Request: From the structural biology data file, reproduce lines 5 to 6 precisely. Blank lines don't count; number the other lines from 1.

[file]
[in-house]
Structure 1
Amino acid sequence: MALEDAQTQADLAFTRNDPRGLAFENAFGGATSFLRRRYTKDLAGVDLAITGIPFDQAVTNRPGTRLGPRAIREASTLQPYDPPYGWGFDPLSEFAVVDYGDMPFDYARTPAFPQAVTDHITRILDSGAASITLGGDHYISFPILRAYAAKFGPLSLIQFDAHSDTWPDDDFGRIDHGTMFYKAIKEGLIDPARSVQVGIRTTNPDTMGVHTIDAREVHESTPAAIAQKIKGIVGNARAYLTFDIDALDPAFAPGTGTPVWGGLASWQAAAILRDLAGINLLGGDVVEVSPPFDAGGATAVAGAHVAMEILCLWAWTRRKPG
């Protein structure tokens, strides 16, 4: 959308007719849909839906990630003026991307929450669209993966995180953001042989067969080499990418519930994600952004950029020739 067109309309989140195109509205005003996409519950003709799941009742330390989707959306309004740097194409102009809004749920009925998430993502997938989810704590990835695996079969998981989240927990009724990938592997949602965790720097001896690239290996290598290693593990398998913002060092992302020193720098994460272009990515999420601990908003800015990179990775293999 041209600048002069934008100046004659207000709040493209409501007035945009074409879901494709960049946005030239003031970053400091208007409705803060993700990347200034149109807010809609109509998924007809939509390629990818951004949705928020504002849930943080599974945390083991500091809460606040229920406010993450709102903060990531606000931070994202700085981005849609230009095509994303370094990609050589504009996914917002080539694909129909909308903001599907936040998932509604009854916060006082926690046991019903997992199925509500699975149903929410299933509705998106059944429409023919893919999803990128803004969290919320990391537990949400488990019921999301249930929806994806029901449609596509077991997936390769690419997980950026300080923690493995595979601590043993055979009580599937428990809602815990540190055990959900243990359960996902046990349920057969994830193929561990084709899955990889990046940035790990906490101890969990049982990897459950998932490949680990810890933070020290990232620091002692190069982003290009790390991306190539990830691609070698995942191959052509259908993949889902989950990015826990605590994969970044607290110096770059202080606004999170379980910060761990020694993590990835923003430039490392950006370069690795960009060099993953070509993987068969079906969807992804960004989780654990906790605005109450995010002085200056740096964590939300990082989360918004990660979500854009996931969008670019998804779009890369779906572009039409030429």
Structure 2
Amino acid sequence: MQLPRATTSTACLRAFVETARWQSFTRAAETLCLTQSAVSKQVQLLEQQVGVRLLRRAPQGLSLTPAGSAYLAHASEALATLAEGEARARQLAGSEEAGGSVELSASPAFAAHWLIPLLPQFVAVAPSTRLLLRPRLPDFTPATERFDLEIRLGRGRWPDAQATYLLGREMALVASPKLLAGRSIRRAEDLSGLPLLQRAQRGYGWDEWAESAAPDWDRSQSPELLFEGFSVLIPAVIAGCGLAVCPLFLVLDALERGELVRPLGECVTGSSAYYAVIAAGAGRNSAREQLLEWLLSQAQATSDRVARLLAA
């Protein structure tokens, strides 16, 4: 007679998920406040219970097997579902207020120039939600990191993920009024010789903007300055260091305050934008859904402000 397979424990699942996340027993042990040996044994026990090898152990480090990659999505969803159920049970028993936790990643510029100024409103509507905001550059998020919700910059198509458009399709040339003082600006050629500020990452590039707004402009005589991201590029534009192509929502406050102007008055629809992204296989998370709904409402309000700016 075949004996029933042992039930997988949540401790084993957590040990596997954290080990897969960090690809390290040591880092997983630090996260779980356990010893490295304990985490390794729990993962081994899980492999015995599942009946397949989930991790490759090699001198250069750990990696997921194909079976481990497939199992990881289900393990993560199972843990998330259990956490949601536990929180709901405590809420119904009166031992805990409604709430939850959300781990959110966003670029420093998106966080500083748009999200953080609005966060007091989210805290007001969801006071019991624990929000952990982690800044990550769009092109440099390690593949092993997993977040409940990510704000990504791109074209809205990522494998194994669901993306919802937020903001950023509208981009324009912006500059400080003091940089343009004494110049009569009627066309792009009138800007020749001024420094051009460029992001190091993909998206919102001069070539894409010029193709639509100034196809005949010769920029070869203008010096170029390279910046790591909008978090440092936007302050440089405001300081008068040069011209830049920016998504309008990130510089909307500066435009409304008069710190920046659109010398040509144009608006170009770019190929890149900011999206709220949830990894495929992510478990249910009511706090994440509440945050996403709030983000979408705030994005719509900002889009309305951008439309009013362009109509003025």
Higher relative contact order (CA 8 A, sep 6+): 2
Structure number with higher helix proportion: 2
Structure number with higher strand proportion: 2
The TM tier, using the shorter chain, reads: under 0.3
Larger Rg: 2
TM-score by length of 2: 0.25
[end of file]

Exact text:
Structure 2
Amino acid sequence: MQLPRATTSTACLRAFVETARWQSFTRAAETLCLTQSAVSKQVQLLEQQVGVRLLRRAPQGLSLTPAGSAYLAHASEALATLAEGEARARQLAGSEEAGGSVELSASPAFAAHWLIPLLPQFVAVAPSTRLLLRPRLPDFTPATERFDLEIRLGRGRWPDAQATYLLGREMALVASPKLLAGRSIRRAEDLSGLPLLQRAQRGYGWDEWAESAAPDWDRSQSPELLFEGFSVLIPAVIAGCGLAVCPLFLVLDALERGELVRPLGECVTGSSAYYAVIAAGAGRNSAREQLLEWLLSQAQATSDRVARLLAA